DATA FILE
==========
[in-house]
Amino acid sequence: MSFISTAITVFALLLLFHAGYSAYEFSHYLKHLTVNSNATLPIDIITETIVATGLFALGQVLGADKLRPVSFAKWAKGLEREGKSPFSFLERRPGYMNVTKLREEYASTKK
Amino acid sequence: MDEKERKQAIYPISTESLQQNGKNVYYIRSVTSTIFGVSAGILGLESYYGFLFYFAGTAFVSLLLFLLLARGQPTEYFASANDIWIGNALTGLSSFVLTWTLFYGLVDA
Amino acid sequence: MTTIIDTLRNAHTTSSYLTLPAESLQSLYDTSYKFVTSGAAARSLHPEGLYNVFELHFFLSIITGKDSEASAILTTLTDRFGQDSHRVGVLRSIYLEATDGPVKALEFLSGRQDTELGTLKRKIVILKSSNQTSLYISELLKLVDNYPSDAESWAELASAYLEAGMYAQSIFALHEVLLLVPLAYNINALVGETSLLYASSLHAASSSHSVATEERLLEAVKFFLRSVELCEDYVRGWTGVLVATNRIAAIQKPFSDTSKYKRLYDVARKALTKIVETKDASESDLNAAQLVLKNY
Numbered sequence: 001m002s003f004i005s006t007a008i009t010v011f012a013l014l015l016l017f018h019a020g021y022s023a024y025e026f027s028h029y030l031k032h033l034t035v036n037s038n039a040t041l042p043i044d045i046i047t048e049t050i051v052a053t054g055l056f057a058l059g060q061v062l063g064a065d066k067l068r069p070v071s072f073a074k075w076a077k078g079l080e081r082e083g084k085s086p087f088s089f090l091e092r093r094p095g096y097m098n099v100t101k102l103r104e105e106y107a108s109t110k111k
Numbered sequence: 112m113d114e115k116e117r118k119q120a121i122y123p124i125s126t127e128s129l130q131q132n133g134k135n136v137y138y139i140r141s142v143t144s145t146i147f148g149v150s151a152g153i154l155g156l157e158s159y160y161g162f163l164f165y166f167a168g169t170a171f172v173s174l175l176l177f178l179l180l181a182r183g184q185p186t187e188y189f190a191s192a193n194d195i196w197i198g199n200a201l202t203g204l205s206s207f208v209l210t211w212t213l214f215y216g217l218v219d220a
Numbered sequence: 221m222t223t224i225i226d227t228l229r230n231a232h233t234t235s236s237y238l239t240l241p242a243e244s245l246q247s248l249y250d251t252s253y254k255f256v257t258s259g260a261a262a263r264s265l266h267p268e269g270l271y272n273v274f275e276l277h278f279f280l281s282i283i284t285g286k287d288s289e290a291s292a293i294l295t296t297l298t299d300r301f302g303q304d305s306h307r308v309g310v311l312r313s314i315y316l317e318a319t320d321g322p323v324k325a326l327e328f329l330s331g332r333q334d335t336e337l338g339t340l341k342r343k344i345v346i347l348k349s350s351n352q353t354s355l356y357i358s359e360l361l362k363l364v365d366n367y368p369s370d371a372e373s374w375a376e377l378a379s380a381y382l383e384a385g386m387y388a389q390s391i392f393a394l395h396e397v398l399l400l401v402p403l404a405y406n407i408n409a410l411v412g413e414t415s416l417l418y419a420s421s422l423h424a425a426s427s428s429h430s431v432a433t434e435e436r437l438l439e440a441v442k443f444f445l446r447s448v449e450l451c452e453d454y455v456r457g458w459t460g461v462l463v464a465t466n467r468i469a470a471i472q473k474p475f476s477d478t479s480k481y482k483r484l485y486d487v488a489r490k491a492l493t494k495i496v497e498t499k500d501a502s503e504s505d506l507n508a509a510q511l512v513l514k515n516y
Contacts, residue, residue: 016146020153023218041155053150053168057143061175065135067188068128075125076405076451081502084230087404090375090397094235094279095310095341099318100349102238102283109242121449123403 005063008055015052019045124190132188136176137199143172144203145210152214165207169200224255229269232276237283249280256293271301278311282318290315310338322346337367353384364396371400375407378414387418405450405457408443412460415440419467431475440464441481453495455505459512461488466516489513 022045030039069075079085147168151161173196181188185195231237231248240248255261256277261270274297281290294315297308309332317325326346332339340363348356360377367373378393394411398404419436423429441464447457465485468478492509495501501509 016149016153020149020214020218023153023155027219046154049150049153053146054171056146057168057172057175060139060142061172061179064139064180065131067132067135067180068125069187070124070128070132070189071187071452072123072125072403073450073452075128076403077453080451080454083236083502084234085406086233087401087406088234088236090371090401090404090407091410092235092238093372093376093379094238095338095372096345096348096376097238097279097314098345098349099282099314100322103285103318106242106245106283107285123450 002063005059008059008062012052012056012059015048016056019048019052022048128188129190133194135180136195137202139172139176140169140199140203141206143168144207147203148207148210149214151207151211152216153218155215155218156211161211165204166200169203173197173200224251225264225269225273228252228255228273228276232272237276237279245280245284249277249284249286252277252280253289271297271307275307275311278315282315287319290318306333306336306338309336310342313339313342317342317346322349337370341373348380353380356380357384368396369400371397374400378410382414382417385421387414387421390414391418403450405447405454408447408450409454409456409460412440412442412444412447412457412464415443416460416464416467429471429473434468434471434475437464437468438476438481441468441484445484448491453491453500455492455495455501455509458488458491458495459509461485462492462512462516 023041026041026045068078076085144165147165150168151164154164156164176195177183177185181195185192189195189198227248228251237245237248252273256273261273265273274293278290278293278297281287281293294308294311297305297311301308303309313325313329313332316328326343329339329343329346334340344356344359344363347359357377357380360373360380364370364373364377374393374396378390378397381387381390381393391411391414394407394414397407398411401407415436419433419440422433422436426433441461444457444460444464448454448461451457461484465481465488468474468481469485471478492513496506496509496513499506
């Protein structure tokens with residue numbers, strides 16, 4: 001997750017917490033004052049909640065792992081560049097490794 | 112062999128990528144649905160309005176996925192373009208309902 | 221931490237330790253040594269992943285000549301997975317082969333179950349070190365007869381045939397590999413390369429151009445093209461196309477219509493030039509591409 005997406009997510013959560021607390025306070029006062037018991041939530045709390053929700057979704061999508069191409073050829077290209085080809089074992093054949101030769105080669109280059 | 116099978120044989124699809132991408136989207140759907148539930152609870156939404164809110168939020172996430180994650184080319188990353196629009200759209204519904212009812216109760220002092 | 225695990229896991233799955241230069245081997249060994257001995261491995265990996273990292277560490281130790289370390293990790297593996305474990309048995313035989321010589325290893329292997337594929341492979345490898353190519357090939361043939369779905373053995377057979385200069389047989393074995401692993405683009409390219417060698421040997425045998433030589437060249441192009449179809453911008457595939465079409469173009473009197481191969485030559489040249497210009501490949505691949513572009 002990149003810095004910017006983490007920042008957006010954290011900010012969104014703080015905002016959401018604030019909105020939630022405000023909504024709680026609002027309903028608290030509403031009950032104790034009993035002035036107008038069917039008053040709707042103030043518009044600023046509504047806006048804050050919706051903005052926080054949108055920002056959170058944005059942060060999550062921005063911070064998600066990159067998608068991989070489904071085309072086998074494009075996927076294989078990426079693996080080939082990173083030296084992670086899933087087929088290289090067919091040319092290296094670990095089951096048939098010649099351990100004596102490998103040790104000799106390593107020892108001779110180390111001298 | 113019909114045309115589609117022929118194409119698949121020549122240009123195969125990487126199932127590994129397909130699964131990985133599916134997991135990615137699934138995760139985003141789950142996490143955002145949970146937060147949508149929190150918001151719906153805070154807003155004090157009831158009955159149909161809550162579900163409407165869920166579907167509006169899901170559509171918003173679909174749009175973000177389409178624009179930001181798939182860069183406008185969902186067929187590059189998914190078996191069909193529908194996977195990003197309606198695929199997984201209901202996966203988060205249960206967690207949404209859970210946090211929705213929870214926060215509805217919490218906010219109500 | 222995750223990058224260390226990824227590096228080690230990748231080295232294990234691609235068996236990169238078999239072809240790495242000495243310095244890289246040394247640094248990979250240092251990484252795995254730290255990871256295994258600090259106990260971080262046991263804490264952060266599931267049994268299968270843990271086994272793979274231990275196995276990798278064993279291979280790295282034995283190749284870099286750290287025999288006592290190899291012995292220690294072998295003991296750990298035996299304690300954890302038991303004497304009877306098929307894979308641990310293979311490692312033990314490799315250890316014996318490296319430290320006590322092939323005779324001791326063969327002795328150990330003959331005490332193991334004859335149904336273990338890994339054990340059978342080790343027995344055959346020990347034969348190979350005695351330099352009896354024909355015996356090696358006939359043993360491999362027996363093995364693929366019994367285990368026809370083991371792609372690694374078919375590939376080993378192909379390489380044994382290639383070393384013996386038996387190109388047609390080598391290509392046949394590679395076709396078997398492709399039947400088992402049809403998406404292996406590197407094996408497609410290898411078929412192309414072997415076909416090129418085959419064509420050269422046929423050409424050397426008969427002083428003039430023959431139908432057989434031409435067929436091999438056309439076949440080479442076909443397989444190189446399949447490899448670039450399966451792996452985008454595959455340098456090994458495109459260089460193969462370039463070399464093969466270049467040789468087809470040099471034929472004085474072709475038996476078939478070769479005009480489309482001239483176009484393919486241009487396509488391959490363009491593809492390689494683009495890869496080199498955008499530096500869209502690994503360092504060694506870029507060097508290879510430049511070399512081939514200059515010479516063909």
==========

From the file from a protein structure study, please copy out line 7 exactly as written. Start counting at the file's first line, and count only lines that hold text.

Numbered sequence: 221m222t223t224i225i226d227t228l229r230n231a232h233t234t235s236s237y238l239t240l241p242a243e244s245l246q247s248l249y250d251t252s253y254k255f256v257t258s259g260a261a262a263r264s265l266h267p268e269g270l271y272n273v274f275e276l277h278f279f280l281s282i283i284t285g286k287d288s289e290a291s292a293i294l295t296t297l298t299d300r301f302g303q304d305s306h307r308v309g310v311l312r313s314i315y316l317e318a319t320d321g322p323v324k325a326l327e328f329l330s331g332r333q334d335t336e337l338g339t340l341k342r343k344i345v346i347l348k349s350s351n352q353t354s355l356y357i358s359e360l361l362k363l364v365d366n367y368p369s370d371a372e373s374w375a376e377l378a379s380a381y382l383e384a385g386m387y388a389q390s391i392f393a394l395h396e397v398l399l400l401v402p403l404a405y406n407i408n409a410l411v412g413e414t415s416l417l418y419a420s421s422l423h424a425a426s427s428s429h430s431v432a433t434e435e436r437l438l439e440a441v442k443f444f445l446r447s448v449e450l451c452e453d454y455v456r457g458w459t460g461v462l463v464a465t466n467r468i469a470a471i472q473k474p475f476s477d478t479s480k481y482k483r484l485y486d487v488a489r490k491a492l493t494k495i496v497e498t499k500d501a502s503e504s505d506l507n508a509a510q511l512v513l514k515n516y